Primary care, office practices gain in new fee schedule from HCFA

New formula to determine malpractice-related payments introduced

Medicare’s decade-long march toward what it says will be a fairer payment system for physicians has taken a major step forward with publication of the proposed physician fee schedule for the year 2000.

The change would shift more money toward historically underpaid primary care and office-based practices and away from higher-paying surgical and hospital-intensive procedures.

As part of the schedule, the Health Care Financing Administration (HCFA) proposed changing the method for reimbursing the malpractice portion of its practice expense payment from the traditional charge-based approach to the new relative value resource-based (RVRB) system, which is slated to be fully phased in by 2002. (For details, see story, p. 130.)

During FY 2000, about $37 billion will be paid out via the physician fee schedule. HCFA’s practice expense formula determines how $20 billion of this money is allocated to physicians and other health care providers.

Under last year’s first-stage transitional RVRB schedule, specialists such as cardiologists took a roundhouse punch in the pocketbook and were forced to absorb an average 9% cut in their related Medicare fees. This time, however, the financial losers will lose less while specialties that get a raise will rise at a slower rate.

Overall, most specialties will only see their projected fee schedule fall or increase an average 1% to 2%, HCFA predicts. The impact of the year 2000 proposed resource-based professional liability component of practice expense payments also appears to be fairly minor. The largest cuts, about 1%, mainly affect cardiac and orthopedic surgeons, while emergency medicine physicians see a 2.7% gain. (For details, see charts, pp. 130-131.)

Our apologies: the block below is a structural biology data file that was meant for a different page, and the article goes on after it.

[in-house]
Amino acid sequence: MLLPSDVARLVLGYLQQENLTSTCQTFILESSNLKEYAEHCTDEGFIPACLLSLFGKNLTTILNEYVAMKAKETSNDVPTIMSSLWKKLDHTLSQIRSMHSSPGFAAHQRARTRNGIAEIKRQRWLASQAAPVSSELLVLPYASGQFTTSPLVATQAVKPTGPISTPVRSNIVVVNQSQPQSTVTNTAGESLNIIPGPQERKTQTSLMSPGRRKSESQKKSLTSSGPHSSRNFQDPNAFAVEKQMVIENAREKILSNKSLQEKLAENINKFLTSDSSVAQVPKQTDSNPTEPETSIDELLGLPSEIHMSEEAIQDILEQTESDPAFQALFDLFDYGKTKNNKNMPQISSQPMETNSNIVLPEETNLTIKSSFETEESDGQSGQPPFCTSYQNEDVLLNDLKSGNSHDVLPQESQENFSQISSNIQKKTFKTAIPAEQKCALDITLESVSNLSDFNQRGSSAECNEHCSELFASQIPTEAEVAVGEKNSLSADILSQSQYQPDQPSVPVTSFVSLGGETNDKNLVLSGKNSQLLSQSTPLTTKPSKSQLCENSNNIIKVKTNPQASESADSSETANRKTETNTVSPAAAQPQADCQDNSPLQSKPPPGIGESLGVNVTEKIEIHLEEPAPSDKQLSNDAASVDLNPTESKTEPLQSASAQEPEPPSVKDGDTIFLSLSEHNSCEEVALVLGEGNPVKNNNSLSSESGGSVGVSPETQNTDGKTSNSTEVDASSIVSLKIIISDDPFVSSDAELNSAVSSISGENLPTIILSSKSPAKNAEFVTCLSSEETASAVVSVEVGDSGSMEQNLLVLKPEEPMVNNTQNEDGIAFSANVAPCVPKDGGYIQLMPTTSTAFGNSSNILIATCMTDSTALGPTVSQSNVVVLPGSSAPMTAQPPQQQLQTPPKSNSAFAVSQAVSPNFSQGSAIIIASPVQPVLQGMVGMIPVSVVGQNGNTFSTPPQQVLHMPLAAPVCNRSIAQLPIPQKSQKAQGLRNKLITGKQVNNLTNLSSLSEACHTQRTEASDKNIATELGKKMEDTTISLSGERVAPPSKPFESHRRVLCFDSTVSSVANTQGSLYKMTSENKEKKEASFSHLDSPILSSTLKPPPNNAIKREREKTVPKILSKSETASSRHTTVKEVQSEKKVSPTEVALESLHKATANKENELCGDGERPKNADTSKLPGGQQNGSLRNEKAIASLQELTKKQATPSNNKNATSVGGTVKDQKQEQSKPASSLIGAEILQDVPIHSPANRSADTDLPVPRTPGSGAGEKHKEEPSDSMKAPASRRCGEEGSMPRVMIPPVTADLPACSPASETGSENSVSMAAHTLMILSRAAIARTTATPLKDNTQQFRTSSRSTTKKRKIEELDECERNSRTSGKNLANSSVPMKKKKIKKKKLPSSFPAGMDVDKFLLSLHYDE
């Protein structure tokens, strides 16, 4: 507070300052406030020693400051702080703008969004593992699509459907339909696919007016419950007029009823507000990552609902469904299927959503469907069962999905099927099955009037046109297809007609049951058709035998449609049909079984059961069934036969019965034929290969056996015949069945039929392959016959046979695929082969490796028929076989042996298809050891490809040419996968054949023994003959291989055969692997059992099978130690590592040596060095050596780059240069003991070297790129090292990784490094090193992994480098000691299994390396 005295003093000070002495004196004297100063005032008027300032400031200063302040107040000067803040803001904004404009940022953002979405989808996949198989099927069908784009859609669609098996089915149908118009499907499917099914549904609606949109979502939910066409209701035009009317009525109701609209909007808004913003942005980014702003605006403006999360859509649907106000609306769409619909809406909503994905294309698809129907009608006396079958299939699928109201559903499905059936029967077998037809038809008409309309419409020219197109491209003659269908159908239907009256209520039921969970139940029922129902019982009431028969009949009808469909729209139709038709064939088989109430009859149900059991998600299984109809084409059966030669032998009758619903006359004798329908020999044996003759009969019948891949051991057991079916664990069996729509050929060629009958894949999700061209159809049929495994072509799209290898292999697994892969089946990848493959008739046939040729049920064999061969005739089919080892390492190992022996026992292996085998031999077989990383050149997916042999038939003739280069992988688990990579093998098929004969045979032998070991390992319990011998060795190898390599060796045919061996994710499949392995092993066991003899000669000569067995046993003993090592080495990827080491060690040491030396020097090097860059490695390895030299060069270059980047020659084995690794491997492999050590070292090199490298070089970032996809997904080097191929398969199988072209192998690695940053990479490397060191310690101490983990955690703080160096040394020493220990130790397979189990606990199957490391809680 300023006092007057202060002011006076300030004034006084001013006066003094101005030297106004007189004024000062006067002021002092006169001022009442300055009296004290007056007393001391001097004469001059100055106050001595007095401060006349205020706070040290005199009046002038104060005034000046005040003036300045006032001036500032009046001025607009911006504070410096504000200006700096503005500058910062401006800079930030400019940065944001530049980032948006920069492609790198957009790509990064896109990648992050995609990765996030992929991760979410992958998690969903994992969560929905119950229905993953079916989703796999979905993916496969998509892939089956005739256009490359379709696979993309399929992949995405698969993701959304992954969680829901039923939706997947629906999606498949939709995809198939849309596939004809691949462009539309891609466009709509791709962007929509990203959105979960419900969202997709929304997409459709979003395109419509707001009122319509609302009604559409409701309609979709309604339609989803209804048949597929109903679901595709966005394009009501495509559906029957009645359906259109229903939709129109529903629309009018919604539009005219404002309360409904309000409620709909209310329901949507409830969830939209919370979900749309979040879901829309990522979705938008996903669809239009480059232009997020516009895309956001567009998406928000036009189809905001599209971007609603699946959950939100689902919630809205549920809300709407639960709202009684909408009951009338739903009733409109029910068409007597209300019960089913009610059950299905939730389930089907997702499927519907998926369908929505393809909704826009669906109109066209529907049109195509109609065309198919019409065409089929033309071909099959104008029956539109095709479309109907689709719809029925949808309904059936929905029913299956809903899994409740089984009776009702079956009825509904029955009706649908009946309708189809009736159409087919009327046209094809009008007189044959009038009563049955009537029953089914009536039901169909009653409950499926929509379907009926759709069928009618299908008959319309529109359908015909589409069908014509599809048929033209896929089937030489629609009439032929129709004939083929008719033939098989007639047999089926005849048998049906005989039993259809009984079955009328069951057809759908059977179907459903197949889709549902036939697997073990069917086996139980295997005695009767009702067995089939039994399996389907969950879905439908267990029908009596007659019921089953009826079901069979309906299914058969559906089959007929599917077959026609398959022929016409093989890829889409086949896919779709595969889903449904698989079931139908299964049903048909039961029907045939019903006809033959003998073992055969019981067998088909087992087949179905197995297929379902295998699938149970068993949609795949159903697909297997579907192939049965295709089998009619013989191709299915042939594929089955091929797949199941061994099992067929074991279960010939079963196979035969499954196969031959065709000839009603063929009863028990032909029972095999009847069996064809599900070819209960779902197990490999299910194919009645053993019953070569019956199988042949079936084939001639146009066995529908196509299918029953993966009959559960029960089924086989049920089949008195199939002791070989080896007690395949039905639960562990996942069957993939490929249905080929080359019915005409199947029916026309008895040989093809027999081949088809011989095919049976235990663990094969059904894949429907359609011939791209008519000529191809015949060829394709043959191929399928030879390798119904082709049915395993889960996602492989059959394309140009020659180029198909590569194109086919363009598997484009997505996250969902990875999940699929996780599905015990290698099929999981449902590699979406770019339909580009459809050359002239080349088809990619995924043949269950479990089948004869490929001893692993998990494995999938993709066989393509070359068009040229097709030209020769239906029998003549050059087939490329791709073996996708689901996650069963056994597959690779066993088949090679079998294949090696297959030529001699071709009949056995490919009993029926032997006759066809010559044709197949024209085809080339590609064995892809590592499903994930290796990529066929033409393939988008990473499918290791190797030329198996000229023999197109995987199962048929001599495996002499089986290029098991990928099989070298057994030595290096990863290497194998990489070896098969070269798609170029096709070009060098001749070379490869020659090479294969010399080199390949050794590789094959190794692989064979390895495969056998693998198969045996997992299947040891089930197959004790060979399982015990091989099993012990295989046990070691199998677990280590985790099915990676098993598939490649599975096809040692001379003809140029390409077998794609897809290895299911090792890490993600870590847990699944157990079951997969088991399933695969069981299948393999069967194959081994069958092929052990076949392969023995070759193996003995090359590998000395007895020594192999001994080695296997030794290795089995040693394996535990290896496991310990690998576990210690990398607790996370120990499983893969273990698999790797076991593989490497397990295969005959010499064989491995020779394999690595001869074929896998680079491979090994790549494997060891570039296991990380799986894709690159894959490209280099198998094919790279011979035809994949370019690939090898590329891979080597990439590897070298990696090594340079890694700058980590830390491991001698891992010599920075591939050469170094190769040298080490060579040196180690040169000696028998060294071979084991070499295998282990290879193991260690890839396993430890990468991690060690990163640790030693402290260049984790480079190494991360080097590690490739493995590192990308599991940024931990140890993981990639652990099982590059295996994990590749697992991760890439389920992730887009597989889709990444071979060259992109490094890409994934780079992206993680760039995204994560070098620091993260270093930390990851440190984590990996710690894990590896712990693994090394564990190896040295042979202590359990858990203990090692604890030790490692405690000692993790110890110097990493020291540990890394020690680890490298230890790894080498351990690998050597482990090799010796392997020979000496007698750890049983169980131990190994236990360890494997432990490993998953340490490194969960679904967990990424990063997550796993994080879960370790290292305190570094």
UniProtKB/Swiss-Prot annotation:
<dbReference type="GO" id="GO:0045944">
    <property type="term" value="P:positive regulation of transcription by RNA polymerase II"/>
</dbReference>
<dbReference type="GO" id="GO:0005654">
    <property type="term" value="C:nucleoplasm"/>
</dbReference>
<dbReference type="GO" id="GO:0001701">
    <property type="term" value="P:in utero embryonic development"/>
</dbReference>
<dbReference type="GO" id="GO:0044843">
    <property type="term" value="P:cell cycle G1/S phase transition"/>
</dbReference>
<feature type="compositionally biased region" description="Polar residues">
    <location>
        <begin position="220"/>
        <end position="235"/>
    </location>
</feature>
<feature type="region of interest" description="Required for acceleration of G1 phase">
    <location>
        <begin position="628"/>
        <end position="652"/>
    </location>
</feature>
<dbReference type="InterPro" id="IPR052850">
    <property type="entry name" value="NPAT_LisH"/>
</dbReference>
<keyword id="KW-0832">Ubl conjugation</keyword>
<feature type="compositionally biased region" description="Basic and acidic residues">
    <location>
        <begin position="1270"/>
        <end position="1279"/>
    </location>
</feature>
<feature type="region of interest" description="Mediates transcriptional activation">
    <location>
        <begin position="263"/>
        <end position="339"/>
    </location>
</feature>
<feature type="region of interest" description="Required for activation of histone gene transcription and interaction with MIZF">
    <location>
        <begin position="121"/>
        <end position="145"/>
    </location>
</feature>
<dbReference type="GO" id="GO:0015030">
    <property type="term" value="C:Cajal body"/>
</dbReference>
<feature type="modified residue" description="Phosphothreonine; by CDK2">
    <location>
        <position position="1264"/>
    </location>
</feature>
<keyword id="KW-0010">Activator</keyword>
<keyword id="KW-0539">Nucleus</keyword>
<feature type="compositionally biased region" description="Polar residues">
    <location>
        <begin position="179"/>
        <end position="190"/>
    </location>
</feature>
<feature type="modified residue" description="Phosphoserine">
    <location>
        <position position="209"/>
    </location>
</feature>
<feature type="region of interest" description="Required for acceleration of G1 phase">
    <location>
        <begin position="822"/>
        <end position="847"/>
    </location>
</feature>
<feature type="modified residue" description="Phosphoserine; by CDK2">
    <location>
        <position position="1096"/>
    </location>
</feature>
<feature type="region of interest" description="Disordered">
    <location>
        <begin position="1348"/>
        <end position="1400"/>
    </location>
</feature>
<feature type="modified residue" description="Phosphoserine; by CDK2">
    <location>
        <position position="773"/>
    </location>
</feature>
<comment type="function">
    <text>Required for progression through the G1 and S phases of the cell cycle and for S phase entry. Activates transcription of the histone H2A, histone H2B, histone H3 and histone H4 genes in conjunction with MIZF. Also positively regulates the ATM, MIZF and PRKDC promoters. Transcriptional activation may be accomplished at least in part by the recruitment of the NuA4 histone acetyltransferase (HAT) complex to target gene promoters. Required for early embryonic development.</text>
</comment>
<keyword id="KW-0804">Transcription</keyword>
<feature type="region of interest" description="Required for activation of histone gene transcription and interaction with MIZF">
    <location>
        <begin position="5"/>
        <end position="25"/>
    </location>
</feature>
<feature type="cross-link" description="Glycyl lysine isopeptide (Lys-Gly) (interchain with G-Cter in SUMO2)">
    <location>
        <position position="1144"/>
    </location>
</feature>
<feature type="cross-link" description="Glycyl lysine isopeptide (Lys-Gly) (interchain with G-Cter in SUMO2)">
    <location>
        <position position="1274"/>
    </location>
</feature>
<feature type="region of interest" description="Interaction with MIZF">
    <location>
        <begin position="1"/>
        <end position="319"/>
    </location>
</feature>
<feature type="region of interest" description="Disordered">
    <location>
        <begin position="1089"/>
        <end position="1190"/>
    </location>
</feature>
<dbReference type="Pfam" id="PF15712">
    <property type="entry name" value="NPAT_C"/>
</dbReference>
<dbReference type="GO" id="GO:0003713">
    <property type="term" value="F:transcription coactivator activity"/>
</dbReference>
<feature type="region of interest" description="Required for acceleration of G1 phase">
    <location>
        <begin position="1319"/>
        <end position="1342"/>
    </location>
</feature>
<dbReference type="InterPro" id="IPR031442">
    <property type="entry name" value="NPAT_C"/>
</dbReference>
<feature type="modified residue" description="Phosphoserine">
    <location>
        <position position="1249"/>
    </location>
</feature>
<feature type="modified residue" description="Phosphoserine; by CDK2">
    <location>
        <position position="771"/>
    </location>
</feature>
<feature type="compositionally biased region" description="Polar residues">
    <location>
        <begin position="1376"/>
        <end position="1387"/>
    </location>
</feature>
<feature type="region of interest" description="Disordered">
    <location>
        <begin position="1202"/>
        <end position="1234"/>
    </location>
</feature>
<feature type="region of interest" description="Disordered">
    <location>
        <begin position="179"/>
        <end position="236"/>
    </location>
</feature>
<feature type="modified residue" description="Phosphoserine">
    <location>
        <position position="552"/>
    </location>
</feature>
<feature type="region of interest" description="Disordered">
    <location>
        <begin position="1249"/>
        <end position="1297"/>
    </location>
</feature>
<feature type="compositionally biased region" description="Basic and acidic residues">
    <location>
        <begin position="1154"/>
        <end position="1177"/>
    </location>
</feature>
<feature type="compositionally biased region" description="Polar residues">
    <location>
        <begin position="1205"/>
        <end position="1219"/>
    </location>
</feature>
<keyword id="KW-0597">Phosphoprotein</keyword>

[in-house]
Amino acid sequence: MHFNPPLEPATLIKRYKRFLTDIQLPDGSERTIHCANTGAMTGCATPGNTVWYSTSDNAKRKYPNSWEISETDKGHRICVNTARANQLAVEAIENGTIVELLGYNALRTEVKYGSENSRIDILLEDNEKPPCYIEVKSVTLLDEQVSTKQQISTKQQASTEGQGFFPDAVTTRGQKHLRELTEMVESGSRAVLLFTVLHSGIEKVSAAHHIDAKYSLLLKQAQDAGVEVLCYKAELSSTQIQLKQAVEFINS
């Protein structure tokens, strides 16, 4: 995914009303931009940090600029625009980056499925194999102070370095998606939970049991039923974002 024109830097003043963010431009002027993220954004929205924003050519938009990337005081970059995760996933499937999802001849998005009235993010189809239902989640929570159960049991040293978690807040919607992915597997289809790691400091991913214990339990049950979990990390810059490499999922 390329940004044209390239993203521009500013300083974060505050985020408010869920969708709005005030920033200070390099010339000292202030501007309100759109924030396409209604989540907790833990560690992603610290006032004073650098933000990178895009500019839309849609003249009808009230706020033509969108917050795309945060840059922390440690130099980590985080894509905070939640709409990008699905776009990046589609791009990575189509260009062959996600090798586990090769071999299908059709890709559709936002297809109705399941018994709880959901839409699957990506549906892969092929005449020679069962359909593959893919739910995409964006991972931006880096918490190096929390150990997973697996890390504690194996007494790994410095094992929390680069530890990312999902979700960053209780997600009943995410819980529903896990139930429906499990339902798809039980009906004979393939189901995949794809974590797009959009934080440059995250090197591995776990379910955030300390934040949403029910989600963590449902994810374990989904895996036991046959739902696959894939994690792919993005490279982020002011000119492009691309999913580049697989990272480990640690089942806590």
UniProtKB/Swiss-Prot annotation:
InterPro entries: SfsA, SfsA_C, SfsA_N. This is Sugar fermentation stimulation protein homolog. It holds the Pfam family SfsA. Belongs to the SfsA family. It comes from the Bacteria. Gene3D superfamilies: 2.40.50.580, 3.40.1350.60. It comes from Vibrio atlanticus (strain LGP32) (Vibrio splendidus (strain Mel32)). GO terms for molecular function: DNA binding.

By shifting to a so-called "top-down" malpractice expense formula which relies on actual rather than estimated costs, Medicare "continues the transition to a fairer physician payment system," says HCFA Deputy Administrator Michael Hash. "The proposed 2000 fee schedule represents an important next step in making sure Medicare pays physicians fairly."

"I don’t necessarily call our projected 8% fee schedule cut fair," says Karin Bierstein, practice management coordinator for the American Society of Anesthesiologists in Park Ridge, IL.

Indeed, a court suit filed last year by a coalition of 11 specialty societies challenging the legality of HCFA’s new practice expense procedures is still pending.

If victorious — which many consider unlikely — the suit could force HCFA to toss out its proposed practice expense changes and go back to the drawing board. "Frankly, I don’t know if anyone has the stomach for that," notes one healthcare lobbyist who has been a pivotal player in the practice expense battle.


RVU Impact by Specialty
Listed below are the estimated revenue impact by specialty of the proposed changes in malpractice plus fully implemented practice expense payments in 2002. The exact impact on any practice will vary depending on its mix of services and sites where the services are provided:
Specialty %

% Impact on Payments

Anesthesiology

-8%

Cardiac surgery

-9%

Cardiology

-3%

Clinics

0%

Dermatology

2%

Emergency medicine

1%

Family practice

2%

Gastroenterology

-2%

General practice

2%

General surgery

0%

Hematology/oncology

1%

Internal medicine

1%

Nephrology

1%

Neurology

1%

Neurosurgery

1%

Obstetrics/gynecology

2%

Ophthalmology

0%

Orthopedic surgery

2%

Other physician

0%

Otolaryngology

2%

Pathology

1%

Plastic surgery

-1%

Psychiatry

-1%

Pulmonary

-1%

Radiation oncology

0%

Radiology

-1%

Rheumatology

6%

Thoracic surgery

-7%

2%

Vascular surgery

0%

Source: 64 Fed Reg 39,608-39,771 (July 22, 1999